Ever heard the expression "Comparison is the thief of joy" (by Theodore Roosevelt)? I'm sure you have, as it has been used in many articles, podcasts and probably in coaching blogs! So, what does it mean? We are told that if we compare ourselves to others, we may be left with feelings of inferiority or superiority and neither creates an emotionally healthy human being!
How can we stop comparing ourselves to others?
Surely this is what we should do in order to improve ourselves - get that better mark at school, make more friends at university/work/gym/baby group. To be honest, most people find it quite hard to receive an exam grade without checking what others received before they decide whether their grade is good enough.
Mothers are all guilty of checking whose baby talked, walked, ate solid food first amongst our peers, and then either feel accomplished because our baby was the first to walk (mine was the last in our baby group!) or feel we've failed if our baby is the one still refusing to accept the pureed sweet potato we lovingly prepared.
This is how we work out where we or our children stand in the pecking order of life. This is how we work out whether we fit into society. So, to say that we shouldn't compare ourselves to others is unrealistic.
Comparison can be truly great as it can inspire you to tackle things you’ve never done before, motivate you to take that first step or even just explain life a bit more to you.
But, clearly, it can sometimes lead to feelings of inadequacy if you haven't achieved the milestone that your peers have and you fear that you are missing out. In the old days, before social media was so prevalent in our lives, we were worried that we were missing out on what our friends were doing from stories they told. Nowadays we can't get away from constant reminders on our phone and it's not just our friends that we compare ourselves to, it's anyone and everyone who has a social media account. It's about feeling that we are missing out on… life!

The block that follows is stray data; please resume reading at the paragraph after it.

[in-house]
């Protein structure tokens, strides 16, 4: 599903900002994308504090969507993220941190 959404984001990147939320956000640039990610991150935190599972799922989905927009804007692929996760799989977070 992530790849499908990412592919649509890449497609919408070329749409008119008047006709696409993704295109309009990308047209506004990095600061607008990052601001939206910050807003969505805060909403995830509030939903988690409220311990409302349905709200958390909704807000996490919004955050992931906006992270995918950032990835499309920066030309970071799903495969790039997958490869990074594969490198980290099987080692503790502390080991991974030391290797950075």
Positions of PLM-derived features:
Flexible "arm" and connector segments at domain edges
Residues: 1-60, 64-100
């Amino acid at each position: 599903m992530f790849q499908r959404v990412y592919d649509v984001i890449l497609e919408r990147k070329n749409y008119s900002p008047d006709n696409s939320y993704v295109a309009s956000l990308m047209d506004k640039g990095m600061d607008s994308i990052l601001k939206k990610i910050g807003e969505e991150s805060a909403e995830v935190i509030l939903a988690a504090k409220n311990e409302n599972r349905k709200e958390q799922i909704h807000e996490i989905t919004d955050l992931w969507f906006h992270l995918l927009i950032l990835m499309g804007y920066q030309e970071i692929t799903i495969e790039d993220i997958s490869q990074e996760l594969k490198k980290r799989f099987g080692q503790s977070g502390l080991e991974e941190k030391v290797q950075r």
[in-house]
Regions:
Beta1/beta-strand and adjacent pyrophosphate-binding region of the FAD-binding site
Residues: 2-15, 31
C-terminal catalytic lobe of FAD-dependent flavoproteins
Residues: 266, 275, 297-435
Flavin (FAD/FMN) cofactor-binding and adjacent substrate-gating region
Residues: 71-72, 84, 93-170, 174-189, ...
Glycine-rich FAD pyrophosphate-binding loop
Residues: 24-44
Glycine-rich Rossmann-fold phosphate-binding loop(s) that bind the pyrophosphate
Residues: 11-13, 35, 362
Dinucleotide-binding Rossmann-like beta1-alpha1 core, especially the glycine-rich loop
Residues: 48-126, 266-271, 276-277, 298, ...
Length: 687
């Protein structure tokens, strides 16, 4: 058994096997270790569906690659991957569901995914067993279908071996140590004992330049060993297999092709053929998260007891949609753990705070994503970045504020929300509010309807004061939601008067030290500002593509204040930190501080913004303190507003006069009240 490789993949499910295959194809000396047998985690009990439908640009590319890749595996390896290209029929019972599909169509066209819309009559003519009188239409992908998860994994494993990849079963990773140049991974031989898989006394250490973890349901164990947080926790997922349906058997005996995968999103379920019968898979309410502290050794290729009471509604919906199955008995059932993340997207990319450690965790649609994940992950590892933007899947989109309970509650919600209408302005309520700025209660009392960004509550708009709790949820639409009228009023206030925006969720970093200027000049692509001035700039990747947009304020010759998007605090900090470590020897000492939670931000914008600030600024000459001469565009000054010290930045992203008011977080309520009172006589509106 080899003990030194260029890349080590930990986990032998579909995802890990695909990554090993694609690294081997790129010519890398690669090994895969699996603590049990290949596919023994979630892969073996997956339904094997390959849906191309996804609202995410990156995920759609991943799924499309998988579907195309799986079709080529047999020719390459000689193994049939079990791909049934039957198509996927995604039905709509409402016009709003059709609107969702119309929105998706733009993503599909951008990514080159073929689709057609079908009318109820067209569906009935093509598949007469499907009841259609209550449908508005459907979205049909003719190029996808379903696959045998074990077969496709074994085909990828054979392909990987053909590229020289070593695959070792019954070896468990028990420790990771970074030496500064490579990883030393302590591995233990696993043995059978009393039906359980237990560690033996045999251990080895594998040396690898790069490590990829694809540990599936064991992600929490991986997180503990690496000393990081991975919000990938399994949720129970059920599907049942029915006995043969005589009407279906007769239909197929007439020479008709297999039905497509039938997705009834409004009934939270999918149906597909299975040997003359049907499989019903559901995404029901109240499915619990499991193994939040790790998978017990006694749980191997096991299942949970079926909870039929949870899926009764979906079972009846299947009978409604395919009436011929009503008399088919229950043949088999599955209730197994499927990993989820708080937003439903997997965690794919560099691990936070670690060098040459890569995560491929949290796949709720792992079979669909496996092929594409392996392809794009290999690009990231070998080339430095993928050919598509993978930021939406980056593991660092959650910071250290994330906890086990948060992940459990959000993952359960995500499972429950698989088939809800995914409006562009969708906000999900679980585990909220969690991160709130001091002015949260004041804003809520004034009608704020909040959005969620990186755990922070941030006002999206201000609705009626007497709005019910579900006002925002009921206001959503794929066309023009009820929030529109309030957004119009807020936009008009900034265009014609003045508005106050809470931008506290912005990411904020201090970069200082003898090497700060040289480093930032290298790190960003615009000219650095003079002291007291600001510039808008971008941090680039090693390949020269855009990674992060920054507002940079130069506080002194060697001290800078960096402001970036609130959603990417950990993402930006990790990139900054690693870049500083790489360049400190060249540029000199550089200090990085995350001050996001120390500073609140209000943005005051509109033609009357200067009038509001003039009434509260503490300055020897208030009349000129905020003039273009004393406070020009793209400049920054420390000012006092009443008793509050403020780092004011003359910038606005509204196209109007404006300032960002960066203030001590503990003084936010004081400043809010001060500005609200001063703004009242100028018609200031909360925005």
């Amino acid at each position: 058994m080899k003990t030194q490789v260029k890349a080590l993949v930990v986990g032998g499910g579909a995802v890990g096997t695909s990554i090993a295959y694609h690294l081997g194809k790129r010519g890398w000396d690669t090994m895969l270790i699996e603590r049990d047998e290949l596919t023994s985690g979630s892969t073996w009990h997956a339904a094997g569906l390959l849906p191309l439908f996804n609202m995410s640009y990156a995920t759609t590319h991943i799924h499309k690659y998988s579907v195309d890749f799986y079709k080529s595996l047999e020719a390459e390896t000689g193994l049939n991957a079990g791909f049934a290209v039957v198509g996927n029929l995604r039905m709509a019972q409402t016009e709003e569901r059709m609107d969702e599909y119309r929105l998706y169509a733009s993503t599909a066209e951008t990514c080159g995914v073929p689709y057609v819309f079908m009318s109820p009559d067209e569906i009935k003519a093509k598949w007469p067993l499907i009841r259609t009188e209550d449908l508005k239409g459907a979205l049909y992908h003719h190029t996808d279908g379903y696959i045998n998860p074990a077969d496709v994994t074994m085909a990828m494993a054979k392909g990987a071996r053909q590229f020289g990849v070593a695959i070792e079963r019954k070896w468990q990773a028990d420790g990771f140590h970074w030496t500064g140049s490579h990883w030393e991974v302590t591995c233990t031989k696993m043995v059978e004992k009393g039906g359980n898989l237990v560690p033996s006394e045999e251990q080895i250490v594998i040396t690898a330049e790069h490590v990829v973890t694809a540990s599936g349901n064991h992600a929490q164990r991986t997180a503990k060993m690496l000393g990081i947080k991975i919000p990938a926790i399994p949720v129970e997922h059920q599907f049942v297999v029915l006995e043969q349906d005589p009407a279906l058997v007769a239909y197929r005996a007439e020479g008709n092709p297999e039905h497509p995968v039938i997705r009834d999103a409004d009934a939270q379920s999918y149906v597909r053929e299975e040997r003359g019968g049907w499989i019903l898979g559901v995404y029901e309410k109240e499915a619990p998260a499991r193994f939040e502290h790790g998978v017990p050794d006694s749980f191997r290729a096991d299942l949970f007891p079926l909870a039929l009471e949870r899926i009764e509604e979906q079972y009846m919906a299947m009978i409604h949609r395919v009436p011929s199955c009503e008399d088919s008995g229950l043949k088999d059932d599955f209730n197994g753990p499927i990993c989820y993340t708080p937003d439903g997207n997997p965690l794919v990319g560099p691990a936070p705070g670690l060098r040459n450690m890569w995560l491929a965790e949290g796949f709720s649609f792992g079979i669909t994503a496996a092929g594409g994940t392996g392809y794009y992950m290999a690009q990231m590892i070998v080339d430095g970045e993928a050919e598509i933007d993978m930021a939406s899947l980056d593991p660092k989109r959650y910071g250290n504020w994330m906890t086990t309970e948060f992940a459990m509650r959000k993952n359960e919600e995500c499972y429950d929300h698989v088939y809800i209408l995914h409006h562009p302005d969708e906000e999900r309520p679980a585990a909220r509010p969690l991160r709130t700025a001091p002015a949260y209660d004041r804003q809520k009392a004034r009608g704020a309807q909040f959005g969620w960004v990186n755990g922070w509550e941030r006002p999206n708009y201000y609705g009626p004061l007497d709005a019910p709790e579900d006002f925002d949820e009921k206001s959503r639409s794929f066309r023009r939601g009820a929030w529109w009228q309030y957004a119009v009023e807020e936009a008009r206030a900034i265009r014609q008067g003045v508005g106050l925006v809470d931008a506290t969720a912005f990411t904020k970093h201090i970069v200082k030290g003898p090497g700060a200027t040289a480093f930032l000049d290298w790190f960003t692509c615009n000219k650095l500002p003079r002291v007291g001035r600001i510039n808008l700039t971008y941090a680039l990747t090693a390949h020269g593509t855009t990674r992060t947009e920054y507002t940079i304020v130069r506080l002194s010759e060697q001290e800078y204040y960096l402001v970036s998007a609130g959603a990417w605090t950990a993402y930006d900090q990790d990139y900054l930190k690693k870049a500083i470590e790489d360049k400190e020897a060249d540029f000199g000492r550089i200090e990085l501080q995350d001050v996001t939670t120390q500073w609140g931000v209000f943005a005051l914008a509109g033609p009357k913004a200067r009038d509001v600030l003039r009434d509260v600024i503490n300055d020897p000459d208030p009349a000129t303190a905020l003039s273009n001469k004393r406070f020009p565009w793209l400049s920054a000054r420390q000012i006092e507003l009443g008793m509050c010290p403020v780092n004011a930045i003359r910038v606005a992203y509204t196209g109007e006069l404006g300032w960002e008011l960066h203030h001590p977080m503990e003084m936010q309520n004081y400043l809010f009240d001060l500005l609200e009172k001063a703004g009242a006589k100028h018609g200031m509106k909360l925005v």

So, this leads me on to thinking about a period of one's life when it is all about comparison - your 20s and 30s. A time when the structured period of full-time education is over and you start making baby steps in the adult world and take responsibility for yourself. A scary time - a time which has a label - the 'quarter-life crisis' (makes sense if we assume that we live for 100 years!) which you may or may not have heard of.
What is a quarter-life crisis?
There has been much documentation about the quarter-life crisis as a crisis of confidence, of not having achieved what you thought you would have achieved by a certain age and panicking that you won’t ever achieve it. A crisis that everyone else is in a great job, has great friends, has a great partner, has a great social life (always has weekend plans) and you are the only one who doesn't have these things. You feel a failure - a freak even.
The quarter-life crisis can also be a fear of taking that first step into a career, a relationship, a new home, as you are scared that you will be going down a path of no return and you will be stuck.
What can you do about it?
The best way to start moving forward out of this crisis is to remember the following three things:
- Acknowledge that you are not alone in feeling like this - this is where comparison can be very healthy. Start talking to friends and family and voice your fears and worries.
- Remember that life is truly different nowadays, just because your parents met when they were 23 and had you by the time they were 30 doesn't mean that this is what you should do. People do things much later now and that is OK.
- Appreciate the fact that nothing has to be forever. Nowadays you don't have to have a job for life - if you don't enjoy the first one, then move on until you find the right place for you. You are allowed to try things out until you find the right job/person/house for you. Passion is something that you have to find - not something you are born with!
If you are the type of person that sometimes needs help to move forward, then consider talking to an independent life coach who meets you where you are today, doesn't have any pre-conceived ideas about you and can help you formulate a plan, with tangible actions to achieve your goal, whatever it might be.
So, comparison doesn't have to lead to anxiety - it can also be positive if you approach it in the right way.